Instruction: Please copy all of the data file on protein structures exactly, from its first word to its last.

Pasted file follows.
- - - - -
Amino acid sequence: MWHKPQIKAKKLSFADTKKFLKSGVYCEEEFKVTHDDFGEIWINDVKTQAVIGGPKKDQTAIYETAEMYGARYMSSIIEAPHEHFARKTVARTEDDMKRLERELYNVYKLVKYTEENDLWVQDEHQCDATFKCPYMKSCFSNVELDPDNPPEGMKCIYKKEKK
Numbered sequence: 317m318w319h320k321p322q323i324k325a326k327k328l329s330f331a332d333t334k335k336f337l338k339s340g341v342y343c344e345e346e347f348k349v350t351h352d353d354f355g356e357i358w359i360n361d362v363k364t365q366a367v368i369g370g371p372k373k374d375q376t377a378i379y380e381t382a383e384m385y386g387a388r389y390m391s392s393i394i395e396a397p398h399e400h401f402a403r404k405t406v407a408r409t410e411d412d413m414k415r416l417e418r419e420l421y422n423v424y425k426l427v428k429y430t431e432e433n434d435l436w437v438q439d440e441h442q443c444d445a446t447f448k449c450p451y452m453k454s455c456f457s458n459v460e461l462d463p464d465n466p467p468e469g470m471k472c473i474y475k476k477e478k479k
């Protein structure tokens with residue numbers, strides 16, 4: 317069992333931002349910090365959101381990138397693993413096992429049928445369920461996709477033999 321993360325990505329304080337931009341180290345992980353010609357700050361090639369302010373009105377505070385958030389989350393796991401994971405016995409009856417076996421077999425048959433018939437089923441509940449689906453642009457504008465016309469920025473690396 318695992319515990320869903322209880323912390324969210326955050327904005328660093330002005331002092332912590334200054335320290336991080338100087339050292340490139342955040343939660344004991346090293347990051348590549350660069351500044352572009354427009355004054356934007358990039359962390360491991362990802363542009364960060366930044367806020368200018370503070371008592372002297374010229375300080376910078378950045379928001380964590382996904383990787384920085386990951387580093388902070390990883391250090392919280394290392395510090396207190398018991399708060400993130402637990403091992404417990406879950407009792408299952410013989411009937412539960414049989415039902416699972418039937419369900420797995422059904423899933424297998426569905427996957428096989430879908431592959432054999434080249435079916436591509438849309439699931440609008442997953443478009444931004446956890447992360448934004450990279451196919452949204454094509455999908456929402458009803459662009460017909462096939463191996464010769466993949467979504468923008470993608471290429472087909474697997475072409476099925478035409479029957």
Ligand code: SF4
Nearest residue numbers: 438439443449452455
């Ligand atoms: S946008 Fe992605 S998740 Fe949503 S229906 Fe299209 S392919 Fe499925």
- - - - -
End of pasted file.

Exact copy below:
Amino acid sequence: MWHKPQIKAKKLSFADTKKFLKSGVYCEEEFKVTHDDFGEIWINDVKTQAVIGGPKKDQTAIYETAEMYGARYMSSIIEAPHEHFARKTVARTEDDMKRLERELYNVYKLVKYTEENDLWVQDEHQCDATFKCPYMKSCFSNVELDPDNPPEGMKCIYKKEKK
Numbered sequence: 317m318w319h320k321p322q323i324k325a326k327k328l329s330f331a332d333t334k335k336f337l338k339s340g341v342y343c344e345e346e347f348k349v350t351h352d353d354f355g356e357i358w359i360n361d362v363k364t365q366a367v368i369g370g371p372k373k374d375q376t377a378i379y380e381t382a383e384m385y386g387a388r389y390m391s392s393i394i395e396a397p398h399e400h401f402a403r404k405t406v407a408r409t410e411d412d413m414k415r416l417e418r419e420l421y422n423v424y425k426l427v428k429y430t431e432e433n434d435l436w437v438q439d440e441h442q443c444d445a446t447f448k449c450p451y452m453k454s455c456f457s458n459v460e461l462d463p464d465n466p467p468e469g470m471k472c473i474y475k476k477e478k479k
């Protein structure tokens with residue numbers, strides 16, 4: 317069992333931002349910090365959101381990138397693993413096992429049928445369920461996709477033999 321993360325990505329304080337931009341180290345992980353010609357700050361090639369302010373009105377505070385958030389989350393796991401994971405016995409009856417076996421077999425048959433018939437089923441509940449689906453642009457504008465016309469920025473690396 318695992319515990320869903322209880323912390324969210326955050327904005328660093330002005331002092332912590334200054335320290336991080338100087339050292340490139342955040343939660344004991346090293347990051348590549350660069351500044352572009354427009355004054356934007358990039359962390360491991362990802363542009364960060366930044367806020368200018370503070371008592372002297374010229375300080376910078378950045379928001380964590382996904383990787384920085386990951387580093388902070390990883391250090392919280394290392395510090396207190398018991399708060400993130402637990403091992404417990406879950407009792408299952410013989411009937412539960414049989415039902416699972418039937419369900420797995422059904423899933424297998426569905427996957428096989430879908431592959432054999434080249435079916436591509438849309439699931440609008442997953443478009444931004446956890447992360448934004450990279451196919452949204454094509455999908456929402458009803459662009460017909462096939463191996464010769466993949467979504468923008470993608471290429472087909474697997475072409476099925478035409479029957």
Ligand code: SF4
Nearest residue numbers: 438439443449452455
């Ligand atoms: S946008 Fe992605 S998740 Fe949503 S229906 Fe299209 S392919 Fe499925």